What Is a High Loop Dishwasher and Why Should You Use It?

When your dishwasher drain is elevated before connecting to the kitchen sink drain, it is called a high loop. The drain line is installed with a proper loop. Moreover, it is raised and connected to the underside of your countertop or under the cabinet. In short, it looks like an upside-down P-trap that you can find under the kitchen sink.

high loop

Why is a High Loop needed for a dishwasher?

Every dishwasher drain usually falls into the garbage disposal. It lays horizontally at the bottom of the kitchen cabinet. If you don’t install a high loop, dirty water from the dishwasher will be collected in the drain line. As a result, it can flow back to the dishwasher. Thus, wastewater will enter your dishwasher and causes odor and disturb your cleaning process.

That’s why; using a high loop will provide an elevation to the drain hose. So, the dirty water from the dishwasher will never flow back and will drain out properly.

How to install a High Loop?

There are two easiest ways to install a high loop for your dishwasher. You can opt for one of them to provide elevation to your dishwasher drain hose. These methods are:

  • Install a bracket
  • Use a zip-tie

Install a bracket

Installation of a high loop with a bracket is easy, and you don’t have to use any tools for this method. All you need for this is a high drain loop bracket and four pieces of 3M VHB tape. Follow the given procedure to install the high loop.

  • First, you have to clean and dry the area under the sink to perform the installation process.
  • You have to apply the bracket as high as possible. It will help provide enough space for the drain hose to make a loop at the top of the bracket.
  • Peel off the white wrapping of VHB tape.
  • Apply the four pieces one by one at the corners of the drain loop bracket.
  • Press the tape for at least 30 seconds.
  • Now peel the red wrapping of the tape.
  • Place the bracket under the sink area that you have previously prepared.
  • Press and hold the bracket firmly for at least 30 seconds.
  • Now, you have to make a loop at the top of the drain hose and push it into both sides of the bracket.

You can install a high loop easily to your dishwasher by this method without using any tools.

Use a zip-tie

For a zip-tie method for high loop installation, your drain line should be installed at the house side of your P-trap under your kitchen sink. If the drain line is not present here, the dirty water will flow back, and your dishwasher will smell like sewage. Thus, at the time of dishwasher installation, always install a drain line at the housing side of your P-trap.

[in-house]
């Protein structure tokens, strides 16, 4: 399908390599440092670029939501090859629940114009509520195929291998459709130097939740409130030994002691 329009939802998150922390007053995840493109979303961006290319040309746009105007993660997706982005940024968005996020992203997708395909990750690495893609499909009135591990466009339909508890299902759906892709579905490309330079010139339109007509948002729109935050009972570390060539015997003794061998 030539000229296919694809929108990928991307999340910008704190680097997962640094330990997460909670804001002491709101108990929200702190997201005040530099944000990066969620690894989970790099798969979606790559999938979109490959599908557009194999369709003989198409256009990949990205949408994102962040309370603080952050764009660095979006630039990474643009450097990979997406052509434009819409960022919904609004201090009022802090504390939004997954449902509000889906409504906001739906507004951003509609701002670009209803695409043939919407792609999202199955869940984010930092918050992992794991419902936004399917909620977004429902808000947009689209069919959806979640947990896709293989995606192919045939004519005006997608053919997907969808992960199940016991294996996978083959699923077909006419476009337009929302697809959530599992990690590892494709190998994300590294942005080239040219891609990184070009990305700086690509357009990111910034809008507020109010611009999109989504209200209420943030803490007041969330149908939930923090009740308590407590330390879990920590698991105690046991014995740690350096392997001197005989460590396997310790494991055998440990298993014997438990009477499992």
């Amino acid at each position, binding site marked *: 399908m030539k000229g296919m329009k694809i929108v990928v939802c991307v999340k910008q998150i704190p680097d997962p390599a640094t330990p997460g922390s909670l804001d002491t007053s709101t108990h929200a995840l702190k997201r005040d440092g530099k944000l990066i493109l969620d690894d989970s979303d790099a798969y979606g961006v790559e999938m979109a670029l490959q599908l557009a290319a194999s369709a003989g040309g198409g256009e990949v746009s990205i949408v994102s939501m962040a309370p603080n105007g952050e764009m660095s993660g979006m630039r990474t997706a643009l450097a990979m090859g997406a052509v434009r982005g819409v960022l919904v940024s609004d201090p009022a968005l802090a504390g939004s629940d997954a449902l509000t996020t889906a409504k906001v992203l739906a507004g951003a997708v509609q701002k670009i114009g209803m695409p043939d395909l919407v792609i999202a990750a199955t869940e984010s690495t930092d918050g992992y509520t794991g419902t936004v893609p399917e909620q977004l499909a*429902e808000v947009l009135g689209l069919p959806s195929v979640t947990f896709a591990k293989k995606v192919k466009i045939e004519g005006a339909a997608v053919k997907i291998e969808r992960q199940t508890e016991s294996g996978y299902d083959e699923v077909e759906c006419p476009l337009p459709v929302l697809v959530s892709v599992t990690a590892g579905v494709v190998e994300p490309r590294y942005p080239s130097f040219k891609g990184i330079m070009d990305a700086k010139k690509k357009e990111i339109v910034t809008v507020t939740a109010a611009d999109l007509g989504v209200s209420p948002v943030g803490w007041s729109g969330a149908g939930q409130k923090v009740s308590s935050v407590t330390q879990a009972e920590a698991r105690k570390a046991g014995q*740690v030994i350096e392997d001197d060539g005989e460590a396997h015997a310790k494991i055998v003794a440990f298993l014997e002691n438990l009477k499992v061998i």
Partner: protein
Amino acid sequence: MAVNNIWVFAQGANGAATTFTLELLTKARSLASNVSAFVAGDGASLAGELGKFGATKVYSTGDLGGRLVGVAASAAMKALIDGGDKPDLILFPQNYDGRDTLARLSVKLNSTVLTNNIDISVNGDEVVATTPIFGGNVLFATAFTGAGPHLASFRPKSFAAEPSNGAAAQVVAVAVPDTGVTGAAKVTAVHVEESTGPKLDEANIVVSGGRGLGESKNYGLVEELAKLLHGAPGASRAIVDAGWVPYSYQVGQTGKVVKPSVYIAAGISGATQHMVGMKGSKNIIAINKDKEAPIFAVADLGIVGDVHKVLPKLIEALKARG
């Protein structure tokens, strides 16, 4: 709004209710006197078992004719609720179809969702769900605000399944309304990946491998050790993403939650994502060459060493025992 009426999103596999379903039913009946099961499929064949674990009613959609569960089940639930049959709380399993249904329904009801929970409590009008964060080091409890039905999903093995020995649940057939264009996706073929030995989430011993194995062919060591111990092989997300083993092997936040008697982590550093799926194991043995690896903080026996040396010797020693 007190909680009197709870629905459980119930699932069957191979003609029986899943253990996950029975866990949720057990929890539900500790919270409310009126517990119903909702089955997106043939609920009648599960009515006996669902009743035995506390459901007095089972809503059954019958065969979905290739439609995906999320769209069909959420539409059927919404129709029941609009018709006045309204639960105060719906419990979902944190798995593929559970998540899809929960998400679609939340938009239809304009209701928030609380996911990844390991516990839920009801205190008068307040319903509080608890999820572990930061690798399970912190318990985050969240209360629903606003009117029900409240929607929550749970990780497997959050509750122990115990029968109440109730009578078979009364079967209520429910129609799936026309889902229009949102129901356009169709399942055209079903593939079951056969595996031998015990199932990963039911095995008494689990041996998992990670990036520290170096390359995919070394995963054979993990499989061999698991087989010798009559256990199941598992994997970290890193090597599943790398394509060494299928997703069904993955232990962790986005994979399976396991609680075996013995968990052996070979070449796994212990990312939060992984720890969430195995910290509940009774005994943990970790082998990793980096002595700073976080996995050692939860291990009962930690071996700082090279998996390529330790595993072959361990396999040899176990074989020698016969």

• Get a zip tie to create a high loop on the drain line.
  • Access the drain line and tie the drain line with P-trap by using a zip-tie.
  • Take screws to install a hanging tab under the sink at the wall for creating a high loop.
  • Now, hang the zip-tied drain line to this hanging tab.
  • Make a high loop as high as possible for better draining.

Hanging drain line

Bottom Line…

You should check the dishwasher’s manual before creating a high loop. Because these days, dishwashers come with an in-built high loop, so you don’t have to install a new one.

Frequently Asked Questions

1. Is a high loop necessary for a dishwasher?

The high loop is necessary for a dishwasher for two main reasons.

  • During the drain cycle, a high loop ensures proper drainage.
  • It prevents the backflow of contaminated water from garbage disposal to the dishwasher.

2. What does a high loop look like?

The high loop under the kitchen sink looks like an upside-down P-trap. The drain line is elevated with a high loop and connected under the cabinet or countertop.

3. Which is better, an air gap or a high loop for a dishwasher?

Although a high loop works perfectly for draining a dishwasher but is not as reliable as an air gap. Both air gap and high loop prevent the backflow of dirty water into the dishwasher. The air gap prevents siphoning. A high loop can’t prevent it as efficiently as an air gap does.


  • Stephen Powers

    Appliance repair guy from Washington. I am majorly experienced in dishwashers, water filters and refrigerators, AMA on my twitter account.

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